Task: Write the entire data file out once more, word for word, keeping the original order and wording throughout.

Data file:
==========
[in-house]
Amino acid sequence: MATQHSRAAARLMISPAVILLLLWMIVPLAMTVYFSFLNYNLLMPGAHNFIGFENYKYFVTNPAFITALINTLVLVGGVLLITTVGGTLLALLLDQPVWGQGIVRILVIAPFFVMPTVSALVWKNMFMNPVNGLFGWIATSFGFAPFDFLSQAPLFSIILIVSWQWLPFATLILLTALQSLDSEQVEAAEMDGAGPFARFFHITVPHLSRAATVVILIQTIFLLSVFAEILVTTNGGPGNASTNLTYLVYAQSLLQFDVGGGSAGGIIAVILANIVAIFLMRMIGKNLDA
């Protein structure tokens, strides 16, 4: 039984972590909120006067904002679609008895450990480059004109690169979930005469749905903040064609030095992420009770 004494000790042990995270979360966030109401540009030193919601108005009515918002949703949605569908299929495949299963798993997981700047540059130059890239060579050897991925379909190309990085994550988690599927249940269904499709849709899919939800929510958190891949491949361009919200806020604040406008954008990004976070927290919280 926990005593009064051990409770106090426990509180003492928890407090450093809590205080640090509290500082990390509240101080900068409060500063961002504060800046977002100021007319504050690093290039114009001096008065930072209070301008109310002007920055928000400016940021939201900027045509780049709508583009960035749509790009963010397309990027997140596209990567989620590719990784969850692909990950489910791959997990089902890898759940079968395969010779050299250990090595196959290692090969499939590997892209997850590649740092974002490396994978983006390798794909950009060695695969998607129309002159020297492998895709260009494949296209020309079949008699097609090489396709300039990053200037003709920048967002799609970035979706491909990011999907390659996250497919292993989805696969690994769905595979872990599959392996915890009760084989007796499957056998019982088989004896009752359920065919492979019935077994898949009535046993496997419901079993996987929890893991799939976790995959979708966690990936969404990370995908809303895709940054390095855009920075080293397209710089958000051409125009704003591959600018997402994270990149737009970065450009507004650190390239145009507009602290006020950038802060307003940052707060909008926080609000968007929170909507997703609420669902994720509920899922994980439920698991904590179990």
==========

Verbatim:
[in-house]
Amino acid sequence: MATQHSRAAARLMISPAVILLLLWMIVPLAMTVYFSFLNYNLLMPGAHNFIGFENYKYFVTNPAFITALINTLVLVGGVLLITTVGGTLLALLLDQPVWGQGIVRILVIAPFFVMPTVSALVWKNMFMNPVNGLFGWIATSFGFAPFDFLSQAPLFSIILIVSWQWLPFATLILLTALQSLDSEQVEAAEMDGAGPFARFFHITVPHLSRAATVVILIQTIFLLSVFAEILVTTNGGPGNASTNLTYLVYAQSLLQFDVGGGSAGGIIAVILANIVAIFLMRMIGKNLDA
């Protein structure tokens, strides 16, 4: 039984972590909120006067904002679609008895450990480059004109690169979930005469749905903040064609030095992420009770 004494000790042990995270979360966030109401540009030193919601108005009515918002949703949605569908299929495949299963798993997981700047540059130059890239060579050897991925379909190309990085994550988690599927249940269904499709849709899919939800929510958190891949491949361009919200806020604040406008954008990004976070927290919280 926990005593009064051990409770106090426990509180003492928890407090450093809590205080640090509290500082990390509240101080900068409060500063961002504060800046977002100021007319504050690093290039114009001096008065930072209070301008109310002007920055928000400016940021939201900027045509780049709508583009960035749509790009963010397309990027997140596209990567989620590719990784969850692909990950489910791959997990089902890898759940079968395969010779050299250990090595196959290692090969499939590997892209997850590649740092974002490396994978983006390798794909950009060695695969998607129309002159020297492998895709260009494949296209020309079949008699097609090489396709300039990053200037003709920048967002799609970035979706491909990011999907390659996250497919292993989805696969690994769905595979872990599959392996915890009760084989007796499957056998019982088989004896009752359920065919492979019935077994898949009535046993496997419901079993996987929890893991799939976790995959979708966690990936969404990370995908809303895709940054390095855009920075080293397209710089958000051409125009704003591959600018997402994270990149737009970065450009507004650190390239145009507009602290006020950038802060307003940052707060909008926080609000968007929170909507997703609420669902994720509920899922994980439920698991904590179990």